A Florida deputy has been charged after allegedly tasing a suspect who was pumping gas, touching off a fireball that caused third-degree burns across more than 75 percent of the man’s body, authorities announced Thursday.
Jean Louis Barreto Baerga, 26, has been in the hospital and undergone six surgeries since the Feb. 27 incident, in which his attorney says he was literally “cooked alive.” Cops were attempting to arrest Barreto, a motorcyclist they say was riding recklessly and had pointed a gun at other motorists. Barreto’s lawyer, Mark NeJame, insists his client hadn’t committed a crime, has no criminal history, and continues to undergo excruciating surgeries in order to save his life.
At a press conference on Thursday afternoon, Osceola County Sheriff Marcos Lopez said a concerned citizen called 911 to report a biker fitting Barreto’s description had waved a pistol at him on the road. Numerous squad cars and a police helicopter tracked Barreto, who eluded cops for at least a half hour, according to Lopez. Barreto then pulled into a WaWa less than a mile from his home, and began to refuel.
Deputies soon descended on the location, and one struggled to handcuff a resistant Barreto, Lopez said. In the fracas, Barreto’s dirtbike got knocked over and gas started spilling out of the tank, he continued. That’s when Osceola County Deputy Christopher Koffinas tried to take Barreto into custody by tasing him, which didn’t “have the desired effect,” according to Lopez. A second deputy, David Crawford, then yelled at Barreto, “You’re about to get tased again, dude,” Lopez said, adding that Crawford called out for someone to cut the flow of fuel to the nearby pumps.
“Immediately after his comment, the fire ignites,” Lopez said, explaining that the taser log showed “a trigger pull that coincides with the timing.”
Deputy Benjamin Mclean grabbed a fire extinguisher and attempted to douse the flames, he said. Another deputy “improvised,” grabbing a bottle of Gatorade to try and put out the fire climbing Crawford’s legs, according to Lopez.
Lopez said Crawford and Maclean both suffered non-life-threatening burns. Crawford is now charged with culpable negligence, a misdemeanor, for allegedly causing the explosion.
“Although I personally believe there was no malice in this decision to do so, because [Crawford] also received burns and injuries, under the law, his actions were reckless and held such a disregard for human life that it rises to the level of probable cause for culpable negligence,” Lopez said on Thursday.
Lopez showed video from the police chopper showing Barreto running red lights, doing wheelies, riding on the sidewalk, and eventually resisting arrest.
“I’ve said, and I’ll continue to say, here in Osceola County…we have zero tolerance for this type of behavior,” Lopez said.
Barreto, who remains hospitalized, will be charged with a combination of felony and misdemeanors, including fleeing and attempting to elude law enforcement, reckless driving, and resisting an officer, according to Lopez.
In a statement provided Thursday to The Daily Beast, NeJame said his client had simply been out for a ride with “dozens of other motorbike enthusiasts,” and stopped at a local WaWa on his way home to fill up the tank.
“Our investigation confirms that after filling his tank but before the gas cap was put back on, he was attacked by being body slammed with a flying tackle from behind by an Osceola County sheriff’s deputy,” the statement reads, alleging that the deputies had crossed out of their jurisdiction into Orange County during the pursuit. “After he was pumping gas for over a minute and a half, Mr. Barreto was unknowingly bum-rushed from behind with the flying tackle by an Osceola County sheriff’s deputy, who had been secretly trailing him at the gas station. As Mr. Barreto was knocked over from behind, by this surprise takedown from a then-unknown force, his dirt bike also went down, spilling gas over Mr. Barreto and the deputy.”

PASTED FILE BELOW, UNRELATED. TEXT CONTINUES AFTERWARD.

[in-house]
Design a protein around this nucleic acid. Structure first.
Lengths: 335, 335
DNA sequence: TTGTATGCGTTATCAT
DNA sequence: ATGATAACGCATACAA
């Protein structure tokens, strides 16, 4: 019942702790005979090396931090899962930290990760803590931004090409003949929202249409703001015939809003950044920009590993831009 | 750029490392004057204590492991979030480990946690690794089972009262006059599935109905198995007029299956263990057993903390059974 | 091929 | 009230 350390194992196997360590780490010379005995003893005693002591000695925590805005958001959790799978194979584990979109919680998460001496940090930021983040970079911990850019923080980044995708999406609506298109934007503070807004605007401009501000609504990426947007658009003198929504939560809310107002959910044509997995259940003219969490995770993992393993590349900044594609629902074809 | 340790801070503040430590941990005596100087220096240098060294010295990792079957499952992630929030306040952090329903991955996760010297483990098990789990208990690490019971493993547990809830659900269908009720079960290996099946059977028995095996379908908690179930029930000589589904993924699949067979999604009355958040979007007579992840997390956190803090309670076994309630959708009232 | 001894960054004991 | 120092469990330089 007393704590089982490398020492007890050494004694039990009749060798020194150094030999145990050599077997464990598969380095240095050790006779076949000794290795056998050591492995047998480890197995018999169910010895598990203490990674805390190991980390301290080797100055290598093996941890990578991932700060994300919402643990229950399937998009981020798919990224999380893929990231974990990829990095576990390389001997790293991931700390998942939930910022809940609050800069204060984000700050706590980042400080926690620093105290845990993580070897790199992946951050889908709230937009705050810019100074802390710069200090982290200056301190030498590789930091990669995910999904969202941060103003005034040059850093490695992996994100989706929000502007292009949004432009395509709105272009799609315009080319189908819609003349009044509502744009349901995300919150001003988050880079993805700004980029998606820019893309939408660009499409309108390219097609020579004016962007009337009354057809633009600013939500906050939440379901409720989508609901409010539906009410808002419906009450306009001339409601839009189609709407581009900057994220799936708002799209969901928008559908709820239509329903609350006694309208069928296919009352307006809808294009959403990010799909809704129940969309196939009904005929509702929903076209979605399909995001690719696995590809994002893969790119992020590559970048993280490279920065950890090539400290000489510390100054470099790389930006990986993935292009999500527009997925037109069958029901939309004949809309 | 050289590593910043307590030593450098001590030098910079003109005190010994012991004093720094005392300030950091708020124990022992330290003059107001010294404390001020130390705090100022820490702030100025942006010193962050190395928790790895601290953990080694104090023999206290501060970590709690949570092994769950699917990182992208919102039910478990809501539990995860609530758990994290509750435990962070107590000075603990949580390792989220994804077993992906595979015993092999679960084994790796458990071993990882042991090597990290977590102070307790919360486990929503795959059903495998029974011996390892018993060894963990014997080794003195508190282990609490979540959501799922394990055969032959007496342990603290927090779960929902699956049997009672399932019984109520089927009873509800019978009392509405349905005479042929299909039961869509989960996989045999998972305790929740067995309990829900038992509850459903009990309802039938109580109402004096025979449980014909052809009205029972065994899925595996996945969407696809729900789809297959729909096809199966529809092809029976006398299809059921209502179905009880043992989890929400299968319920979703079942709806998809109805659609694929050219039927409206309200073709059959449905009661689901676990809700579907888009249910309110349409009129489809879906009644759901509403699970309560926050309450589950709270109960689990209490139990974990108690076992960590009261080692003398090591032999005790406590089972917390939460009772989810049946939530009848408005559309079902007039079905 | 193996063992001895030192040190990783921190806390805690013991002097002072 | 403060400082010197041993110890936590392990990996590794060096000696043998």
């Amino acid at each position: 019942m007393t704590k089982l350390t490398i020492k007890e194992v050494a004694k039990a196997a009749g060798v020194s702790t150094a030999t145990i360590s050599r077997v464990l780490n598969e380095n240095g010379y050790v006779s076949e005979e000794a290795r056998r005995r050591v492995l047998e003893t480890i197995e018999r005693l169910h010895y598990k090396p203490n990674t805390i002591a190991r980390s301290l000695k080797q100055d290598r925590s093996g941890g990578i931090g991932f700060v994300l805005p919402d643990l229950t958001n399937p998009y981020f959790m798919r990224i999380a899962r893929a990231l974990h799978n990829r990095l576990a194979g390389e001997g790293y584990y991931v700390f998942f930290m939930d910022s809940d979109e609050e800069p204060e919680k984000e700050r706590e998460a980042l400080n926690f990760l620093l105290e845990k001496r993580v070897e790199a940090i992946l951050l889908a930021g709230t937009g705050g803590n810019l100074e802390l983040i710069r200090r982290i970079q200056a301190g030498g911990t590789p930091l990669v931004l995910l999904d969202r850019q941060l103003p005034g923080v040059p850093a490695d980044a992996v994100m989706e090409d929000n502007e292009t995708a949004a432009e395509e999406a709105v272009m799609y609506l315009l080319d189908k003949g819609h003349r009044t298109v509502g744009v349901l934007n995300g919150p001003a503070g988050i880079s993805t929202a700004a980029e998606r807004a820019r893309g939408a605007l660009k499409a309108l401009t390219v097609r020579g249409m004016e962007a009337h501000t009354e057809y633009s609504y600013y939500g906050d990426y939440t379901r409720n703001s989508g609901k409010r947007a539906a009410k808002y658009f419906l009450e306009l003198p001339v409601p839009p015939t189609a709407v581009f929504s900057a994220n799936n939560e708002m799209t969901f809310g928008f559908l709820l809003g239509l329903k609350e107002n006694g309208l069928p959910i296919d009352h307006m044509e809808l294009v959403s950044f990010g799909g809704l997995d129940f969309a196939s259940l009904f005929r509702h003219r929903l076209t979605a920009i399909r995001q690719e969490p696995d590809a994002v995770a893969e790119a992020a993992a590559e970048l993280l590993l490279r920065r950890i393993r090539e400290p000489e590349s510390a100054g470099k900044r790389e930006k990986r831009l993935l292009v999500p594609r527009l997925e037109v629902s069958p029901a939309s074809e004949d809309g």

A state fire marshal’s incident report reviewed by The Daily Beast says gasoline had pooled beneath Barreto, and that the electricity discharged by the taser ignited fuel vapor that “travel[ed] to the gasoline puddle as it is spilling out of the dirt bike’s fuel tank onto the ground.”
The resulting blaze virtually engulfed Barreto’s entire body, and about half of Crawford’s.
The fire marshal’s report, which said Barreto at the time was not expected to survive, IDed the deputies involved as Crawford, Maclean, and Koffinas. However, it did not say which one deployed the taser that touched off the fire.
Agency policy prohibits deputies from using tasers if a suspect “could possibly be seriously injured by secondary factors,” which includes flammable liquids, the Orlando Sentinel reported.
Barreto has spent the past 10 weeks in the hospital, and is “without skin on most of his body,” according to NeJame, who said Barreto “is wrapped and unwrapped in gauze daily, bleeding profusely still as he doesn’t have the requisite amount of skin to contain his body fluids.”
NeJame and co-counsel Albert Yonfa have asked the U.S. Department of Justice to launch an independent investigation into the case, calling the tasing “reckless, foolish, unnecessary, and deadly.”
In a follow-up email after the charges against Crawford were announced, NeJame said in a statement, “While we are gratified to know that some criminal charge is being recommended against the Deputy, it will be up to the Office of the State Attorney to determine if the charges against the Deputy are sufficient as to his crime or should be greater since the Sheriff has now admitted culpability and the actions are so apparent and egregious.”
Because of his injuries, Barreto will not be physically arrested at this time, Lopez said Thursday. Crawford has been placed on paid leave while the investigation continues.